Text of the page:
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‘Designer’ symphony highlights Purdue Bands & Orchestra weekend
Tuesday, February 26, 2008
A “designer” romantic symphony and concert band works that do everything from blending the voices of the musicians with the instruments to taking listeners on a musical taxi ride through New York City, provide unique experiences in a pair of Purdue Bands & Orchestra’s concerts on March 1 - 2.
Windworks II features University Band and the Purdue Concert Band at 8 p.m. Saturday, March 1, in the Long Center. On Sunday, March 2, the Long Center is the also the site for the Purdue Symphonic Band’s and Purdue Orchestra’s 2:30 p.m. concert “Romantic & Contemporary Classics.” Both are free.
Orchestra conductor Andrew King introduces a “designer” approach to symphony music by taking movements from four different romantic era symphonies and presenting them in one package.
The first movement of Mahler’s “Symphony No. 5 in C Sharp” will segue into the second movement of Beethoven’s “Symphony No. 7 in A Major” followed by the third movement of Brahms’ “Symphony No. 3 in F Major.” The finale from Hanson’s “Symphony No. 2” brings the package to a close.
King says his unconventional approach reflects looser concert standards of the 19th century when much of the romantic music the orchestra is performing was written.
The idea of symphonies “being sacred and not clapping between movements is a modern thing,” he says. “They would not have looked at it that way at all.” Still, putting four different movements together is a step beyond the Romantics.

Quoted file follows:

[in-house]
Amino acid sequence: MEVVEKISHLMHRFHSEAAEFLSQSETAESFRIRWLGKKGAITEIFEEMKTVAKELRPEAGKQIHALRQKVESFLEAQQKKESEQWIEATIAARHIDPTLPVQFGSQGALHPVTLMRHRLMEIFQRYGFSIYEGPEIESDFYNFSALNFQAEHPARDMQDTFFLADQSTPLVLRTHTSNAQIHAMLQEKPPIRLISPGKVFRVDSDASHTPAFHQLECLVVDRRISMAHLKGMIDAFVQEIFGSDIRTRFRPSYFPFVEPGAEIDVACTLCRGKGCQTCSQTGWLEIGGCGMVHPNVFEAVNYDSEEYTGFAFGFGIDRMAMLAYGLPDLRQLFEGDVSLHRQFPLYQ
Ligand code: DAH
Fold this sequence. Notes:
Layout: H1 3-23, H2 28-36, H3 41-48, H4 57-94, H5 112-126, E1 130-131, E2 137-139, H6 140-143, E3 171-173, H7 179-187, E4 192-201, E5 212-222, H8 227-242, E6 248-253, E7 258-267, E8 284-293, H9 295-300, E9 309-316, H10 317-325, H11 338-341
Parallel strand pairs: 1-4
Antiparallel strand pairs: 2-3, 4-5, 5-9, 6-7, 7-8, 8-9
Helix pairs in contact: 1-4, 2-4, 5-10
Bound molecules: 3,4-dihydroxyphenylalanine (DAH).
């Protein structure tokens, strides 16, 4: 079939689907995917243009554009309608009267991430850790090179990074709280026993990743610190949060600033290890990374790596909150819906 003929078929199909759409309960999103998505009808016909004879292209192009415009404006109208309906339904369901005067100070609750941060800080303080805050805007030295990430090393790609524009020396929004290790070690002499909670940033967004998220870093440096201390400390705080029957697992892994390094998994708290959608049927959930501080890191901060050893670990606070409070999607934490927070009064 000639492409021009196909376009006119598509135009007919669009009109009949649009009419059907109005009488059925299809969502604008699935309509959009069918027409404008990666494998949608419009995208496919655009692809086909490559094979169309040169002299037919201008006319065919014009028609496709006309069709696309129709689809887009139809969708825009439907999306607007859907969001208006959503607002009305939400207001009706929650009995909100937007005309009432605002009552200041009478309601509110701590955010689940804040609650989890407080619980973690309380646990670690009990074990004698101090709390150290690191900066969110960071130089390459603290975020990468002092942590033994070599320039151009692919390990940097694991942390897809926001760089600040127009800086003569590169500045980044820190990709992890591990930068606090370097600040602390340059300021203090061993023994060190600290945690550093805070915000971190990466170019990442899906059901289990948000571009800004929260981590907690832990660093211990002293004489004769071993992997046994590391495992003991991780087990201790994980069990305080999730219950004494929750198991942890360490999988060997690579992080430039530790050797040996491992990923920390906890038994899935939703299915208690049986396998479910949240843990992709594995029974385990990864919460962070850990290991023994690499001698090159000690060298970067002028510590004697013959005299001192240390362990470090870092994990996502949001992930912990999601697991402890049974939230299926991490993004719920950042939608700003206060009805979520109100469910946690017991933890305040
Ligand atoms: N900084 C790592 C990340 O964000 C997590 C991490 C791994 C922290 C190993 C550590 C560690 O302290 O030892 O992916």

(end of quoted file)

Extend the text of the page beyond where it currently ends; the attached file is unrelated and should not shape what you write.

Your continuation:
King decided to try the approach because it gives his student musicians a chance to work on symphonies by multiple composers. Both the young musicians, and the audience, get a chance to compare and contrast styles. “The melodic material in each of the first three movements we’ll perform is very similar in the way it’s constructed. I almost wonder if Mahler was thinking about Brahms when he wrote his symphony,” King says. While there are similarities, there are differences that stand out too.
Mahler’s music is descriptive with lots of life and death philosophy imbedded into the music, King says. “Beethoven is all about the notes. The meaning is the notes. There is no extra meaning.”
Along with the orchestra, the March 2 concert features the Purdue Symphonic Band directed by Jay Gephart. Among the works they’ll present are “Radiant Joy” by Steven Bryant, “Symphonic Dances” from Fiddler on the Roof and Frank Ticheli’s “Wild Nights.” Professional trumpeter Joey Tartell will solo on Claude Smith’s “Rondo for Trumpet.”
The “Windworks II” concert on March 1 also has its share of unusual works. University Band, under the direction of Jessica Beall, will perform Dana Wilson’s “Sang!” which calls upon sections of the band to vocalize at various times during the piece. They will also perform Richard Saucedo’s “Into the Clouds” which describes the experience of flight from a pilot’s point of view. Flight from a different perspective comes in James Curnow’s “Where Never Lark or Eagle Flew.”
Descriptive pieces dominate the Purdue Concert Band’s portion of the March 1 program as well. The inspiration for Andrew Boysen’s “A Fallen Leaf” comes from a late winter snow storm that dislodges the lone leaf clinging to the tree outside the composer’s office. “Somehow this leaf had survived the whole winter to fall with spring only days away,” says the composer. “The event continues to strike me as a tragic metaphor for individual struggles, often unsuccessful, that occur in all our lives.”
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